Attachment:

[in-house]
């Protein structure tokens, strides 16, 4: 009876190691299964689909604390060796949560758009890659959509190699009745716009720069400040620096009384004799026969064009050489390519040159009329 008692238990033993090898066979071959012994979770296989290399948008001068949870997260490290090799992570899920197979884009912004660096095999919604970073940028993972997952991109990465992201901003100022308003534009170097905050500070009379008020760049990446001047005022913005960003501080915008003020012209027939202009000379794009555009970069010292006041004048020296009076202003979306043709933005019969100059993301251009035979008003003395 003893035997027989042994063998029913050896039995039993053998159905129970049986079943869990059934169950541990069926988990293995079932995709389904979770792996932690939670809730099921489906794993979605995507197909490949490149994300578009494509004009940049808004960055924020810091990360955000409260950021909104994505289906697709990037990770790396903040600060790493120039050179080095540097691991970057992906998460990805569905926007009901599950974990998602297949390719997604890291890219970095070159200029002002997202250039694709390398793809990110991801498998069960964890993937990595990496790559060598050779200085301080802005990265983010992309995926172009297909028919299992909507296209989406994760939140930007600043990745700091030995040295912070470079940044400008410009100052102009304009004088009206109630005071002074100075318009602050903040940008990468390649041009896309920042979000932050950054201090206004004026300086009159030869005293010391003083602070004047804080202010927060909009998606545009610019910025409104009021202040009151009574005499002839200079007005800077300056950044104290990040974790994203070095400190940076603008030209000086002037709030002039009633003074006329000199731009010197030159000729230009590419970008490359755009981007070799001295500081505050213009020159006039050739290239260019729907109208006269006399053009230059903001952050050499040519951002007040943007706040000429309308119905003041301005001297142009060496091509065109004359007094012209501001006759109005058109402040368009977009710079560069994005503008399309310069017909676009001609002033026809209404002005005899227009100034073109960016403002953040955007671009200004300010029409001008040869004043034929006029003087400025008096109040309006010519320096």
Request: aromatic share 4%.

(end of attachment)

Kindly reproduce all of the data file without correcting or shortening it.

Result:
[in-house]
């Protein structure tokens, strides 16, 4: 009876190691299964689909604390060796949560758009890659959509190699009745716009720069400040620096009384004799026969064009050489390519040159009329 008692238990033993090898066979071959012994979770296989290399948008001068949870997260490290090799992570899920197979884009912004660096095999919604970073940028993972997952991109990465992201901003100022308003534009170097905050500070009379008020760049990446001047005022913005960003501080915008003020012209027939202009000379794009555009970069010292006041004048020296009076202003979306043709933005019969100059993301251009035979008003003395 003893035997027989042994063998029913050896039995039993053998159905129970049986079943869990059934169950541990069926988990293995079932995709389904979770792996932690939670809730099921489906794993979605995507197909490949490149994300578009494509004009940049808004960055924020810091990360955000409260950021909104994505289906697709990037990770790396903040600060790493120039050179080095540097691991970057992906998460990805569905926007009901599950974990998602297949390719997604890291890219970095070159200029002002997202250039694709390398793809990110991801498998069960964890993937990595990496790559060598050779200085301080802005990265983010992309995926172009297909028919299992909507296209989406994760939140930007600043990745700091030995040295912070470079940044400008410009100052102009304009004088009206109630005071002074100075318009602050903040940008990468390649041009896309920042979000932050950054201090206004004026300086009159030869005293010391003083602070004047804080202010927060909009998606545009610019910025409104009021202040009151009574005499002839200079007005800077300056950044104290990040974790994203070095400190940076603008030209000086002037709030002039009633003074006329000199731009010197030159000729230009590419970008490359755009981007070799001295500081505050213009020159006039050739290239260019729907109208006269006399053009230059903001952050050499040519951002007040943007706040000429309308119905003041301005001297142009060496091509065109004359007094012209501001006759109005058109402040368009977009710079560069994005503008399309310069017909676009001609002033026809209404002005005899227009100034073109960016403002953040955007671009200004300010029409001008040869004043034929006029003087400025008096109040309006010519320096």
Request: aromatic share 4%.